When Lieutenant Matt Gallagher began his blog with the aim of keeping his family and friends apprised of his experiences, he didn't anticipate that it would resonate far beyond his intended audience. His subjects ranged from mission details to immortality, grim stories about Bon Jovi cassettes mistaken for IEDs, and the daily experiences of the Gravediggers-the code name for members of Gallagher's platoon. When the blog was shut down in June 2008 by the U.S. Army, there were more than twentyfive congressional inquiries regarding the matter as well as reports through the military grapevine that many high-ranking officials and officers at the Pentagon were disappointed that the blog had been ordered closed.Based on Gallagher's extraordinarily popular blog, Kaboom is "at turns hilarious, maddening, and terrifying," providing "raw and insightful snapshots of a conflict many Americans have lost interest in" (Washington Post). Like Anthony Swofford's Jarhead, Gallagher's Kaboom resonates with stoic detachment and timeless insight into a war that we are still trying to understand.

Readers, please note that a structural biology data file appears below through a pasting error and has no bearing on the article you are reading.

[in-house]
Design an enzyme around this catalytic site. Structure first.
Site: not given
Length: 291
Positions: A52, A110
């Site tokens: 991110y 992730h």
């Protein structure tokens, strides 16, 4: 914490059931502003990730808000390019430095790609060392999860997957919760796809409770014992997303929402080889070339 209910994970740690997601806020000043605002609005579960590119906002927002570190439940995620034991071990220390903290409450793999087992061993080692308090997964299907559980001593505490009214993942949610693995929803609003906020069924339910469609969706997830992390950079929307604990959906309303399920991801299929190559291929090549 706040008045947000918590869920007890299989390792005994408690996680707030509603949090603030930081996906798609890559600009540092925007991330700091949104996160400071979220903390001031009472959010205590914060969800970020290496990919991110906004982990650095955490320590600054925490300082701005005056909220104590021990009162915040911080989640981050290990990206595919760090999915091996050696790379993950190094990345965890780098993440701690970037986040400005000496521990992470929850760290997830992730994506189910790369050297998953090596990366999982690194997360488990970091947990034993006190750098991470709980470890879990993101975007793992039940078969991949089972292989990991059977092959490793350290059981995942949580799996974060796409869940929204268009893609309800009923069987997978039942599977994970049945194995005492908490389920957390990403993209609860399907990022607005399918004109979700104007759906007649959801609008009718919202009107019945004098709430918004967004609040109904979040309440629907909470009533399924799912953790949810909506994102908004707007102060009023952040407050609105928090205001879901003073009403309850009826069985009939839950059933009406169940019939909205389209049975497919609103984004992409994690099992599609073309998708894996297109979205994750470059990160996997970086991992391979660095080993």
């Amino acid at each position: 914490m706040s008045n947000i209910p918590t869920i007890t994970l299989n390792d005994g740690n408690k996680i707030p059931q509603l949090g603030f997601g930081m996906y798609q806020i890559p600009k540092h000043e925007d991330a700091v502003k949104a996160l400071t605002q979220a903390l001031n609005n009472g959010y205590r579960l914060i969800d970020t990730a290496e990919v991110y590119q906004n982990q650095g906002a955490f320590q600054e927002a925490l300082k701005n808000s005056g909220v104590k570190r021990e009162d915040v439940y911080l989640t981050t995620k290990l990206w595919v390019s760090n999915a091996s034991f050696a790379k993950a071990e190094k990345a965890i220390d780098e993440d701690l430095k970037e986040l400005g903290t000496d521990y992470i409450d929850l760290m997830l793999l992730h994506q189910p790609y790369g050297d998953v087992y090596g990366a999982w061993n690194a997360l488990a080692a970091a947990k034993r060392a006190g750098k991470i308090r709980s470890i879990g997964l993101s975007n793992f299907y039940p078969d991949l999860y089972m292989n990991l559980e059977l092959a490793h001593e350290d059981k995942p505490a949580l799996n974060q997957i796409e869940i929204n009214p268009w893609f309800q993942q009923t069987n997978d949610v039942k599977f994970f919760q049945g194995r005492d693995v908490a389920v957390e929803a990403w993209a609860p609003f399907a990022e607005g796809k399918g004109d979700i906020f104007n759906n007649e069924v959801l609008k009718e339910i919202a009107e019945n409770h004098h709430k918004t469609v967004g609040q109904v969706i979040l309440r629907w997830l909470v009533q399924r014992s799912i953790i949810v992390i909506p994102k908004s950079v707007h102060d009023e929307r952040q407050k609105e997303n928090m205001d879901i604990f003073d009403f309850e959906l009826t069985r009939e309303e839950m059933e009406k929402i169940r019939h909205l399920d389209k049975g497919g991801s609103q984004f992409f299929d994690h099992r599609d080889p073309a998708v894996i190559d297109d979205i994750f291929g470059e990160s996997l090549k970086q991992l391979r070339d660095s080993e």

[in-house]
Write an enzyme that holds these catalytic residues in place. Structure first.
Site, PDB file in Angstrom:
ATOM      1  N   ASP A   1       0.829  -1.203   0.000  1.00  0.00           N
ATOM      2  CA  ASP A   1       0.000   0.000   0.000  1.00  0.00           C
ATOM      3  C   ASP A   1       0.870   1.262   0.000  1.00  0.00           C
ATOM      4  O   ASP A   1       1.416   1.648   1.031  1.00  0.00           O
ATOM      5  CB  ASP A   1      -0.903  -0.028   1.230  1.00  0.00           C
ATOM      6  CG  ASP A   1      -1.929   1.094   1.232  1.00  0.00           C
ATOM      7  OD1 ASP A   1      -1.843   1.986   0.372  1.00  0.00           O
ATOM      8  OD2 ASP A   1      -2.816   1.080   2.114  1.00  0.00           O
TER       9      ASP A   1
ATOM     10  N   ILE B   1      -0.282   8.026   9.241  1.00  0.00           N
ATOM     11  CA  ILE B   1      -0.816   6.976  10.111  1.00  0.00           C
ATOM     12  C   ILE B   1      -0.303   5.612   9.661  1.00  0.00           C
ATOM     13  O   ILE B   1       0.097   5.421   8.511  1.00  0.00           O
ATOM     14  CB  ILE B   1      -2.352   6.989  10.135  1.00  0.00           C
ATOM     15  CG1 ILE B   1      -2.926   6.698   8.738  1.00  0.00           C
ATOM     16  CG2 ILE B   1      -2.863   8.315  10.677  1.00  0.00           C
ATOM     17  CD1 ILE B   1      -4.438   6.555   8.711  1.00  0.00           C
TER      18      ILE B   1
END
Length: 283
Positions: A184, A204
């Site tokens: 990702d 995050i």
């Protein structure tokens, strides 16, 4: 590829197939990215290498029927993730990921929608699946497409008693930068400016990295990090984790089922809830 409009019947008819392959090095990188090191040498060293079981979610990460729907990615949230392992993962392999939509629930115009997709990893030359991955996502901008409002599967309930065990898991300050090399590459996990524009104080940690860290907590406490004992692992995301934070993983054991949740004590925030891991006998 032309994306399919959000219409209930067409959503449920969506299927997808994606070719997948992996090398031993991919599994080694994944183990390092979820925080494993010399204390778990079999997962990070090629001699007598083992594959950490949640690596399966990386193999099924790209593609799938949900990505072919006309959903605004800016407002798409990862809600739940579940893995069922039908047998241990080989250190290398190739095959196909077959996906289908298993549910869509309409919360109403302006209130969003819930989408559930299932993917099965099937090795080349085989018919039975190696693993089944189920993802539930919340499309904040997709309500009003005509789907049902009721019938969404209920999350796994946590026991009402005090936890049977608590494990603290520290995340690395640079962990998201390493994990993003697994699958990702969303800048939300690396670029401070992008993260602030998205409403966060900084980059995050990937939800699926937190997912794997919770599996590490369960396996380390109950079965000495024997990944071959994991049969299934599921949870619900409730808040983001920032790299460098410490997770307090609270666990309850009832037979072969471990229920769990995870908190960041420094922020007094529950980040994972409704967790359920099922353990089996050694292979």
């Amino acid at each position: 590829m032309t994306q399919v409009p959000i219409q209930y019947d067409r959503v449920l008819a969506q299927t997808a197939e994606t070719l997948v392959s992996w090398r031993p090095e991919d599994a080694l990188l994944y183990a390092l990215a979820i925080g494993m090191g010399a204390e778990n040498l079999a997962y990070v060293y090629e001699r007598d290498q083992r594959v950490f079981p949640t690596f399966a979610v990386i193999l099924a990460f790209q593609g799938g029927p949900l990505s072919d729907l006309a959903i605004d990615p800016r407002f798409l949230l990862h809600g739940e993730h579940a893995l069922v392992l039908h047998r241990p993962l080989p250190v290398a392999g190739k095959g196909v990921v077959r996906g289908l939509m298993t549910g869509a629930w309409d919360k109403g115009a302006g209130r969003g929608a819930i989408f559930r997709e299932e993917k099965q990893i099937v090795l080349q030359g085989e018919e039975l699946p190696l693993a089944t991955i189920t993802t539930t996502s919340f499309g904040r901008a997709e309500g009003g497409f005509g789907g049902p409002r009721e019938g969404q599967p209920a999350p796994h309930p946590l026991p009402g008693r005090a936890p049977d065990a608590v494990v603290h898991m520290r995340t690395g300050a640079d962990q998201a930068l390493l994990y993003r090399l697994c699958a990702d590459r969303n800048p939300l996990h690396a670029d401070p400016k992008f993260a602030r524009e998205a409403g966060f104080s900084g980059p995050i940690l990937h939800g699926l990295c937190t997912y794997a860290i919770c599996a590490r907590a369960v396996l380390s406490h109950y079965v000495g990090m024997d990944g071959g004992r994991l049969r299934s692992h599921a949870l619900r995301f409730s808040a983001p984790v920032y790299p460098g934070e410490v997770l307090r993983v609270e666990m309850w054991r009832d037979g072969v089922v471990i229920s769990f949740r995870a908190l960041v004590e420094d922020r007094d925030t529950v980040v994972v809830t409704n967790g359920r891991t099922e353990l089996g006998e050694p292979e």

In this hauntingly direct war memoir, a cocky West Coast frat boy becomes a reflective leader in the later part of the Iraq conflict. Not long after his 2007 deployment, Lt. Gallagher had become a much-read blogger, but his blunt account ran afoul of the higher-ups. In this blog-like memoir of his year-plus in Iraq, he provides an episodic, day-by-day account of life during wartime, covering everything from the fear of shooting innocent citizens to the impact of a Dear John letter on a unit. Gallagher employs a close eye and enormous compassion when recounting tragedies like a horrible explosive accident and pervasive poverty and despair in an area known as "trash village." Gallagher's vivid, atmospheric descriptions can occasionally get away from him ("It was modern Iraq, permanently soaked in a blood-red-sea past it would never be able to part"), but he provides much canny, moving commentary on the power of war to transform soldiers and civilians: "Suddenly the stare was the norm house by house, block by block, and town by town, and all of the flower petals dried up, and we suddenly recognized that those cheers of gratitude were actually pleas for salvation."